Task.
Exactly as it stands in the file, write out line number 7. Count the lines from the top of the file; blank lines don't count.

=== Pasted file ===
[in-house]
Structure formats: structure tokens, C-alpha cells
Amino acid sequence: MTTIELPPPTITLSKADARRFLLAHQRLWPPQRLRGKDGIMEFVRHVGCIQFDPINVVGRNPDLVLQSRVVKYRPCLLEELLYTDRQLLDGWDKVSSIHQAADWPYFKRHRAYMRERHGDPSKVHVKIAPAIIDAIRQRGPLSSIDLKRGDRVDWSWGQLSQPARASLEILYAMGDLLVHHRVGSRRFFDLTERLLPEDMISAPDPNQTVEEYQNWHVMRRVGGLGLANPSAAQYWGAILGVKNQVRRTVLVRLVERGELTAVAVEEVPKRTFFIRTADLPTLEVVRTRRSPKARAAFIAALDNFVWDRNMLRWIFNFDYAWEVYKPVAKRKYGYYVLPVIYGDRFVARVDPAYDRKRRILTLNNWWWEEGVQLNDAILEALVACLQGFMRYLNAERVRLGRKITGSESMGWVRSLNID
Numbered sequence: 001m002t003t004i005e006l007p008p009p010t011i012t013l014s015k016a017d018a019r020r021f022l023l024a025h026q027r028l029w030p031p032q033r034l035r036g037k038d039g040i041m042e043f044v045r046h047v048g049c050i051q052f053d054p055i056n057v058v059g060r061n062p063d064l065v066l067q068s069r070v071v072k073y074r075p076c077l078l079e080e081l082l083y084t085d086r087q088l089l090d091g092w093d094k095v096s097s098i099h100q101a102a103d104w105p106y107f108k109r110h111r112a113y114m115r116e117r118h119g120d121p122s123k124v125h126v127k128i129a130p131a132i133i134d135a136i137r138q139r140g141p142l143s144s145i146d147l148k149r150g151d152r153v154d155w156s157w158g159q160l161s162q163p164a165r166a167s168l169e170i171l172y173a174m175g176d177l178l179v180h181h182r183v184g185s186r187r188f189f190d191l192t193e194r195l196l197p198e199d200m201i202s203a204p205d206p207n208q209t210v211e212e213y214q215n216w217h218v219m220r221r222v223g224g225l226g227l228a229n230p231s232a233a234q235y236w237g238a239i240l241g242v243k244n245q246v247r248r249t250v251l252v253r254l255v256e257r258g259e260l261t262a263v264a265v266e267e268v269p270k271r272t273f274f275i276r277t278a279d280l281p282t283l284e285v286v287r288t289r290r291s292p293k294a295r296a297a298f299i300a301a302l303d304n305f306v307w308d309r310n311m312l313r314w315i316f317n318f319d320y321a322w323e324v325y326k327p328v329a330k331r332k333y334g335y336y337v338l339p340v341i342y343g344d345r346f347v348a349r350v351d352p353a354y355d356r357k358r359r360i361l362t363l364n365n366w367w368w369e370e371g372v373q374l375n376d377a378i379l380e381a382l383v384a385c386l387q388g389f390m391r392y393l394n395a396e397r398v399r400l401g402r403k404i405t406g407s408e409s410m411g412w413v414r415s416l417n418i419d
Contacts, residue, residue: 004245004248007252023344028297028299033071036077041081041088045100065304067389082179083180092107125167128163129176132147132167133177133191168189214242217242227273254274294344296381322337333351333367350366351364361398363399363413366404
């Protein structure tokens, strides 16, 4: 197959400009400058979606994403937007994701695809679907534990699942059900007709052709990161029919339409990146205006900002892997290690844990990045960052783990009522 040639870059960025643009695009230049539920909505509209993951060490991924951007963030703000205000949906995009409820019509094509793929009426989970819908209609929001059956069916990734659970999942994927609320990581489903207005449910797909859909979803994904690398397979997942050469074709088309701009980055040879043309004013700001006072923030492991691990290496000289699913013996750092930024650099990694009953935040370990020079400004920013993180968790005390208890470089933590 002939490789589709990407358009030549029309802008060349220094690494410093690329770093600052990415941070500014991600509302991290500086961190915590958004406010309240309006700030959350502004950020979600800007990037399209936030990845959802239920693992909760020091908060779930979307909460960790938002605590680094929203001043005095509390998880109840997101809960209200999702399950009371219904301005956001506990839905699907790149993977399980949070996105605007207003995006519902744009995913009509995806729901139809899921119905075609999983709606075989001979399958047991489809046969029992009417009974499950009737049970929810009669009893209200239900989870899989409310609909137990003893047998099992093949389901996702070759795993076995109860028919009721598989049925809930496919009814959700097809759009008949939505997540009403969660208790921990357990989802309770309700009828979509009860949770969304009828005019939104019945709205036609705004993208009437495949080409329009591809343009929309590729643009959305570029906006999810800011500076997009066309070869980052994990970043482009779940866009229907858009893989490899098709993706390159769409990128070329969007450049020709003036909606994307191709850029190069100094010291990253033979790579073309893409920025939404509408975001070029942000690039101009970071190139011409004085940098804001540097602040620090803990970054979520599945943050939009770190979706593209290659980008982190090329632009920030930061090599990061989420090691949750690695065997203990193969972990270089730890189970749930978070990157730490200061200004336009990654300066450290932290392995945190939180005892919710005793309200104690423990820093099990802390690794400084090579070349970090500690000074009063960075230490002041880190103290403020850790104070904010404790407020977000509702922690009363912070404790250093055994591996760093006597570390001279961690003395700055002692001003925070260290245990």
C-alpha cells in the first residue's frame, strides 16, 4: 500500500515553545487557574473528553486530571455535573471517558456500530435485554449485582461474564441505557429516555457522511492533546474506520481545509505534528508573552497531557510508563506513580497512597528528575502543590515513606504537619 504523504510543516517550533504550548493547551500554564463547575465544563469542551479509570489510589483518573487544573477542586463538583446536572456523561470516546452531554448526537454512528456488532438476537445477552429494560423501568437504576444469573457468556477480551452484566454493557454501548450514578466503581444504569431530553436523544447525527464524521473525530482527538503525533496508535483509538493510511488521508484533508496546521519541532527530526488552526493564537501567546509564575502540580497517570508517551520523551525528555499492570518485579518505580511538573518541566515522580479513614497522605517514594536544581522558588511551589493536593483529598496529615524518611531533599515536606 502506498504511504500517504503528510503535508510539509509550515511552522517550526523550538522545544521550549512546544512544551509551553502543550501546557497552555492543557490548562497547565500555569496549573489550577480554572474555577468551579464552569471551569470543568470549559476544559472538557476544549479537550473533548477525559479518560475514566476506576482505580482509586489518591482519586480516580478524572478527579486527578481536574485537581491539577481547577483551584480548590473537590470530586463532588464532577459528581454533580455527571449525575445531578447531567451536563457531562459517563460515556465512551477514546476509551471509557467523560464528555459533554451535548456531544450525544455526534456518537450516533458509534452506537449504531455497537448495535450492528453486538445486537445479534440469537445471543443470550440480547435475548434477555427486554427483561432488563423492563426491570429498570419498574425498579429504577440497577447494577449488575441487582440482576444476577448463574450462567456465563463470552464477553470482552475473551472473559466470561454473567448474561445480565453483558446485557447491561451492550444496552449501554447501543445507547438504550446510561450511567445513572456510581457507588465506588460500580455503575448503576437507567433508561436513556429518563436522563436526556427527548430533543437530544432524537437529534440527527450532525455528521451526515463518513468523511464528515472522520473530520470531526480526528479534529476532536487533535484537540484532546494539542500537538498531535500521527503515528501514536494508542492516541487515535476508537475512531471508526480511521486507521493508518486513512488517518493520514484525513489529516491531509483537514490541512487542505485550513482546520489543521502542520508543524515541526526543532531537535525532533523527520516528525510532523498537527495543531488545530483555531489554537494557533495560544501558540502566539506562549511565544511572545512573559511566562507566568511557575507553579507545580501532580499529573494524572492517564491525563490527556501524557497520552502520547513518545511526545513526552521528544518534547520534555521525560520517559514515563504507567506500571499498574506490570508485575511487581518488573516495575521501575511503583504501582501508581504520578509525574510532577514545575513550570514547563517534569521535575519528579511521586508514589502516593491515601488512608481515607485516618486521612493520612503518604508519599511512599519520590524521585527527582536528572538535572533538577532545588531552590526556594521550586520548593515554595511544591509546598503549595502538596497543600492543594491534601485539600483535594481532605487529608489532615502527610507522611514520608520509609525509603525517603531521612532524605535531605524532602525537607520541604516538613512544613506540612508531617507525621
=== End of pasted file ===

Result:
C-alpha cells in the first residue's frame, strides 16, 4: 500500500515553545487557574473528553486530571455535573471517558456500530435485554449485582461474564441505557429516555457522511492533546474506520481545509505534528508573552497531557510508563506513580497512597528528575502543590515513606504537619 504523504510543516517550533504550548493547551500554564463547575465544563469542551479509570489510589483518573487544573477542586463538583446536572456523561470516546452531554448526537454512528456488532438476537445477552429494560423501568437504576444469573457468556477480551452484566454493557454501548450514578466503581444504569431530553436523544447525527464524521473525530482527538503525533496508535483509538493510511488521508484533508496546521519541532527530526488552526493564537501567546509564575502540580497517570508517551520523551525528555499492570518485579518505580511538573518541566515522580479513614497522605517514594536544581522558588511551589493536593483529598496529615524518611531533599515536606 502506498504511504500517504503528510503535508510539509509550515511552522517550526523550538522545544521550549512546544512544551509551553502543550501546557497552555492543557490548562497547565500555569496549573489550577480554572474555577468551579464552569471551569470543568470549559476544559472538557476544549479537550473533548477525559479518560475514566476506576482505580482509586489518591482519586480516580478524572478527579486527578481536574485537581491539577481547577483551584480548590473537590470530586463532588464532577459528581454533580455527571449525575445531578447531567451536563457531562459517563460515556465512551477514546476509551471509557467523560464528555459533554451535548456531544450525544455526534456518537450516533458509534452506537449504531455497537448495535450492528453486538445486537445479534440469537445471543443470550440480547435475548434477555427486554427483561432488563423492563426491570429498570419498574425498579429504577440497577447494577449488575441487582440482576444476577448463574450462567456465563463470552464477553470482552475473551472473559466470561454473567448474561445480565453483558446485557447491561451492550444496552449501554447501543445507547438504550446510561450511567445513572456510581457507588465506588460500580455503575448503576437507567433508561436513556429518563436522563436526556427527548430533543437530544432524537437529534440527527450532525455528521451526515463518513468523511464528515472522520473530520470531526480526528479534529476532536487533535484537540484532546494539542500537538498531535500521527503515528501514536494508542492516541487515535476508537475512531471508526480511521486507521493508518486513512488517518493520514484525513489529516491531509483537514490541512487542505485550513482546520489543521502542520508543524515541526526543532531537535525532533523527520516528525510532523498537527495543531488545530483555531489554537494557533495560544501558540502566539506562549511565544511572545512573559511566562507566568511557575507553579507545580501532580499529573494524572492517564491525563490527556501524557497520552502520547513518545511526545513526552521528544518534547520534555521525560520517559514515563504507567506500571499498574506490570508485575511487581518488573516495575521501575511503583504501582501508581504520578509525574510532577514545575513550570514547563517534569521535575519528579511521586508514589502516593491515601488512608481515607485516618486521612493520612503518604508519599511512599519520590524521585527527582536528572538535572533538577532545588531552590526556594521550586520548593515554595511544591509546598503549595502538596497543600492543594491534601485539600483535594481532605487529608489532615502527610507522611514520608520509609525509603525517603531521612532524605535531605524532602525537607520541604516538613512544613506540612508531617507525621